Magazine article The Spectator

Spectator Sport: Roger Alton

Magazine article The Spectator

Spectator Sport: Roger Alton

Article excerpt

With the Olympics almost upon us our thoughts turn inexorably to the art of cheating. And while we should deplore all malignant efforts to gain an unfair advantage, cheating is an integral part of the Olympic story. After all, if, as Damon Runyon said, all life is six-to-five against, who can blame a few for trying to tilt the balance back a bit? Even the ancients did it. The Romans were said to have used their shields to reflect sunlight on to their testicles. This increased their testosterone, and performance levels rose. I wonder if this still works on everyday domestic tasks where performance can be a problem?

Remember the Ukrainian sisters, Tamara and Irina Press, who picked up five track and field Olympic golds between 1960 and 1964? They would certainly never be mistaken for Gisele Bundchen. They smashed umpteen records but their careers came to an end when gender-testing was introduced. The testing was pretty rudimentary: Mary Peters, Britain's 1972 pentathlon champ, recalls being 'ordered to lie on the couch and pull my knees up. The doctors then proceeded to undertake an examination which, in modern parlance,-amounted to a grope. Presumably they were looking for hidden testes. They found none and I left.'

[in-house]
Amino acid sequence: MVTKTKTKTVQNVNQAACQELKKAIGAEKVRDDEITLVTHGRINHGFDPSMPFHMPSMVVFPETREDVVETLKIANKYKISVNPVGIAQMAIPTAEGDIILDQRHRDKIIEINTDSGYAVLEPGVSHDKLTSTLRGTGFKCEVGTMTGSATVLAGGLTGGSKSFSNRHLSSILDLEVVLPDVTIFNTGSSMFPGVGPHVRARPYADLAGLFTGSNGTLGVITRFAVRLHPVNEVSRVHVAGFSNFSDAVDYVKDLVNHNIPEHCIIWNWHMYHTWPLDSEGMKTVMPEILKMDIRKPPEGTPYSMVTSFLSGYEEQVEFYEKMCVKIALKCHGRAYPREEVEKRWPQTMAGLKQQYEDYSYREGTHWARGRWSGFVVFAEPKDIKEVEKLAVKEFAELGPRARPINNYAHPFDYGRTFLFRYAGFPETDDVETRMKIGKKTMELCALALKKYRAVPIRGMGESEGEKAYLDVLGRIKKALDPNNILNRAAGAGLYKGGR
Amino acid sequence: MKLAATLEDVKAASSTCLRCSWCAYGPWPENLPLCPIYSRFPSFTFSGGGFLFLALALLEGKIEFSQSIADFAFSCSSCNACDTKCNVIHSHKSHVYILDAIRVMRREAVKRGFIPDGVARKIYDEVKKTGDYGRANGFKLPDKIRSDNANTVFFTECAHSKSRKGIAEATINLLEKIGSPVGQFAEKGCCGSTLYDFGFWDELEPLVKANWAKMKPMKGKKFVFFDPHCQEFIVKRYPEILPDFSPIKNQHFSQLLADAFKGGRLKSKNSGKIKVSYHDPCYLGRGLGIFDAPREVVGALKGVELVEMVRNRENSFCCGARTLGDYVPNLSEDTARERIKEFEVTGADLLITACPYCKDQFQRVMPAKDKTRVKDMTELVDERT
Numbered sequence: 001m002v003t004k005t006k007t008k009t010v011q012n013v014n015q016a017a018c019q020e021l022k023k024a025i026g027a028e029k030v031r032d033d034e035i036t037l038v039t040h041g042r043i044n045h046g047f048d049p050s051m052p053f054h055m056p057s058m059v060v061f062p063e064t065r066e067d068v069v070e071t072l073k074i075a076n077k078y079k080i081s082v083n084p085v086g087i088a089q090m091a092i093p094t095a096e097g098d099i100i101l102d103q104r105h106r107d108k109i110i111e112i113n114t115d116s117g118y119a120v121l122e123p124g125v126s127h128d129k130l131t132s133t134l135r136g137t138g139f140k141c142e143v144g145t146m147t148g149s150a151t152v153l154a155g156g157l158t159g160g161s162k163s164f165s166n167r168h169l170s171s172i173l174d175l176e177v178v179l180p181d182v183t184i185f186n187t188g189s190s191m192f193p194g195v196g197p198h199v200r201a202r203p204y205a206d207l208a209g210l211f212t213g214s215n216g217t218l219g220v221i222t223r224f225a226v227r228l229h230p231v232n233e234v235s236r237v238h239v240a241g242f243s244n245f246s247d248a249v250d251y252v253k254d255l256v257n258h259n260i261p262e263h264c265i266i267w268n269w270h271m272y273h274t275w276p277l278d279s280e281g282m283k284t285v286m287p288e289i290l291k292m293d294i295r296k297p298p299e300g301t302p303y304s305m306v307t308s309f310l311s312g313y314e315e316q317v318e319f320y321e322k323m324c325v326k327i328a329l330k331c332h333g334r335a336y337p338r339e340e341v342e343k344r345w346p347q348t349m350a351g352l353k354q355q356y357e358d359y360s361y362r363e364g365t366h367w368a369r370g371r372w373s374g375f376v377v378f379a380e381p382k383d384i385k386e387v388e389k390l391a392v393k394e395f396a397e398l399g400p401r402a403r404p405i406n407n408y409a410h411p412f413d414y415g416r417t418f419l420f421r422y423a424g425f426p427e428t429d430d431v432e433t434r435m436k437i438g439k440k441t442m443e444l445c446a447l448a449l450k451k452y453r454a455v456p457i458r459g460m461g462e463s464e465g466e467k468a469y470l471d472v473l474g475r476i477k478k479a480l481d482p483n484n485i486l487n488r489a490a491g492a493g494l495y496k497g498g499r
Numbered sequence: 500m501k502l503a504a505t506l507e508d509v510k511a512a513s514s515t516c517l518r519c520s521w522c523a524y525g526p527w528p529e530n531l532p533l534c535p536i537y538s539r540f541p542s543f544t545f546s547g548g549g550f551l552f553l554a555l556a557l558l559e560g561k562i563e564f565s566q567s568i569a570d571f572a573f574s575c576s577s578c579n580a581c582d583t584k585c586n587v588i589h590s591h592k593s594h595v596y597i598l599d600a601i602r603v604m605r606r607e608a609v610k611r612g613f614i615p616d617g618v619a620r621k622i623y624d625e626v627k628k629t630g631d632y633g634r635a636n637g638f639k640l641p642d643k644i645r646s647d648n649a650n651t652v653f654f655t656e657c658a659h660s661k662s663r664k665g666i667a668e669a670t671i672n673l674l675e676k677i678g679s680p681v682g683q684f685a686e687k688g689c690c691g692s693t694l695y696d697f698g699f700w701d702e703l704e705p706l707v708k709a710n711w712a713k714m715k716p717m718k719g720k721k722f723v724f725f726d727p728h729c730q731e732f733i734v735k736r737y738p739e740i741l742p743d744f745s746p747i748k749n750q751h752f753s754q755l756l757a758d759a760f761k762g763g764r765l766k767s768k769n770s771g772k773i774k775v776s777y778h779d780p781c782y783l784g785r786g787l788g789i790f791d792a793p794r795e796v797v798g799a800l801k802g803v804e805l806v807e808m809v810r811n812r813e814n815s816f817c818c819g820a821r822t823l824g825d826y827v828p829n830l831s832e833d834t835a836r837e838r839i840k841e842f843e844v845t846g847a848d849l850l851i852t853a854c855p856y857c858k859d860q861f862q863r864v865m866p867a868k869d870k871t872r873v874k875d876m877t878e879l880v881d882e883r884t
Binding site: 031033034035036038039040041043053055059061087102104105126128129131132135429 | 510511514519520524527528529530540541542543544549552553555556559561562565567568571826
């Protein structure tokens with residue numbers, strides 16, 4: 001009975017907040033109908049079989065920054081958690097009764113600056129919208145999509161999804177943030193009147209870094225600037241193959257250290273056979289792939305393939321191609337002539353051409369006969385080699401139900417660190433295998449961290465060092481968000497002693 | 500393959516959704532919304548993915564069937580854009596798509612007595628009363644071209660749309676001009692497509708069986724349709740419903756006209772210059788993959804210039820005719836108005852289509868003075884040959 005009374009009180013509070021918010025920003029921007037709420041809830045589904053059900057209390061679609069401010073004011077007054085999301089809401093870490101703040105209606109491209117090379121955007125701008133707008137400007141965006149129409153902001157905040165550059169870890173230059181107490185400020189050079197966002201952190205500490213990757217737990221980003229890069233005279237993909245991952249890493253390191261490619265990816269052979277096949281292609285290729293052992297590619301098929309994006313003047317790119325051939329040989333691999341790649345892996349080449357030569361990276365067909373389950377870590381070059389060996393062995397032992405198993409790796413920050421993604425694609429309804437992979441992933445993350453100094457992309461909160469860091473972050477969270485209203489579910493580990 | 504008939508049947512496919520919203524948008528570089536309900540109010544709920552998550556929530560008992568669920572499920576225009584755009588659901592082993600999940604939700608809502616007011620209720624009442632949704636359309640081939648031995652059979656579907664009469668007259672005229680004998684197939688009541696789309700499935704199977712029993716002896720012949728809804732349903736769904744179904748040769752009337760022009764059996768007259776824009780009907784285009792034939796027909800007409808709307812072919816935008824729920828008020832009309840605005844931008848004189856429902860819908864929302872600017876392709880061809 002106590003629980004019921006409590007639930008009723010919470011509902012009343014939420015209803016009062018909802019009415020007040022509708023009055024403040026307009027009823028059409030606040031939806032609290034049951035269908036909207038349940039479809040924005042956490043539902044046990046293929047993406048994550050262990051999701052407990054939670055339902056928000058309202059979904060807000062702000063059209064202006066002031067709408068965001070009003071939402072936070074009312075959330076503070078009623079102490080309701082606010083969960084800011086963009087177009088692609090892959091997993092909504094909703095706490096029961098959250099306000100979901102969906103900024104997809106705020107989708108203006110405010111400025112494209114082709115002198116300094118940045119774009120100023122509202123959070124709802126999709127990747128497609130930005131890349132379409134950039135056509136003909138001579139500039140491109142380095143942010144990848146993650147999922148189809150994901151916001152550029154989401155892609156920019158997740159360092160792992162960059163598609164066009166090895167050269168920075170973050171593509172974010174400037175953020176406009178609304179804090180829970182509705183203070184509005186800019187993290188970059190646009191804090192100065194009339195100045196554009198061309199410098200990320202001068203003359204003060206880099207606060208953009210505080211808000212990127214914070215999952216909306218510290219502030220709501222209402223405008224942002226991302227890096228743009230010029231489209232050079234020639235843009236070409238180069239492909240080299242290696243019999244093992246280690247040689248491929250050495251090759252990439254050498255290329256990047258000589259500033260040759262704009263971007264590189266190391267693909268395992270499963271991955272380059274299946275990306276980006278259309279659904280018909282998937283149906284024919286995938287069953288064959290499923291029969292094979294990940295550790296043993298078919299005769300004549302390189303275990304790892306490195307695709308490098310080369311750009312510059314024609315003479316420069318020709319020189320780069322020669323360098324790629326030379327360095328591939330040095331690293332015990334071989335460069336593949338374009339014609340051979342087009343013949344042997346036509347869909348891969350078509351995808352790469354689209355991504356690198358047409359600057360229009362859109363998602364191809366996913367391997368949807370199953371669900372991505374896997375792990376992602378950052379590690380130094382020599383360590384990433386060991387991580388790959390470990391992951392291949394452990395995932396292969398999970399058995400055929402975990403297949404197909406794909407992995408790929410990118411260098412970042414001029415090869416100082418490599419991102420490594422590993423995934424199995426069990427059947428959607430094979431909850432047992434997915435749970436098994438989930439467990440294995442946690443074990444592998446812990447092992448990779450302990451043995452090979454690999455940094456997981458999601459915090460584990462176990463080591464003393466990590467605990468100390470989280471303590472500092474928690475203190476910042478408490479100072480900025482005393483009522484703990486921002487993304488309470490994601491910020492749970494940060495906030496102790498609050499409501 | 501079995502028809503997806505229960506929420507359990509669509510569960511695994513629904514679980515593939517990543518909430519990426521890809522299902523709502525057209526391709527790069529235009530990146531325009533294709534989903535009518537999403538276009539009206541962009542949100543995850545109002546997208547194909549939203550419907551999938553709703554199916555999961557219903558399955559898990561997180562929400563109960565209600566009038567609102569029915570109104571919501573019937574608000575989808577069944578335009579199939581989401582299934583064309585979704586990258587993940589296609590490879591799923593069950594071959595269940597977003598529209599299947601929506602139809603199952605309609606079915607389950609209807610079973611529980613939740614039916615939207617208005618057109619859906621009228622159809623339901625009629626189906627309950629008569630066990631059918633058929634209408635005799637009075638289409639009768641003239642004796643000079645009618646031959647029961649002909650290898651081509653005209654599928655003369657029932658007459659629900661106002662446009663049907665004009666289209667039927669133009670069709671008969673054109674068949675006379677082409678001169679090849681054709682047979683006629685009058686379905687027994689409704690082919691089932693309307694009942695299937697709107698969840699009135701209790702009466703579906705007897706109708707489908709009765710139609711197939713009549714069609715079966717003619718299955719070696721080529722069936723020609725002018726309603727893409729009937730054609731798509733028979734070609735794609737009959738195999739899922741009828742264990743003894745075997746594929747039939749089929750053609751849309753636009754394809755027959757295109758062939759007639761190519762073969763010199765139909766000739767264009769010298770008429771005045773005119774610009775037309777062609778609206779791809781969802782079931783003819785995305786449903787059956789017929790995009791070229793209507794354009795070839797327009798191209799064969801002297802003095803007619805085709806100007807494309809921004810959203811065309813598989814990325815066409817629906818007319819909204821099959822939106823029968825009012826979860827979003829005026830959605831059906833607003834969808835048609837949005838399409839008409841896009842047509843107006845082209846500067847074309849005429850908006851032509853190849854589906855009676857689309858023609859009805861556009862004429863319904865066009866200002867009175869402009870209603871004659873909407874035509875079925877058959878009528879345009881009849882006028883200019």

But the best cheats think outside the box. Boris Onischenko, another Ukrainian, had won silver in Munich 1972 in the fencing. But he had wired his epée to trigger the electronic scoring with his hand and register a hit at will. This came to light when the British fencer Jim Fox protested that his opponent was scoring without hitting him. The Ukrainian left in disgrace under headlines such as 'Disonischenko' and 'Boris the Cheat' (what is it about swordsmen called Boris?)

I have run a couple of marathons and spent most of the time longing to grab a lift. In the 1904 St Louis Olympics, the marathon was held over a hilly course on a very hot afternoon. …

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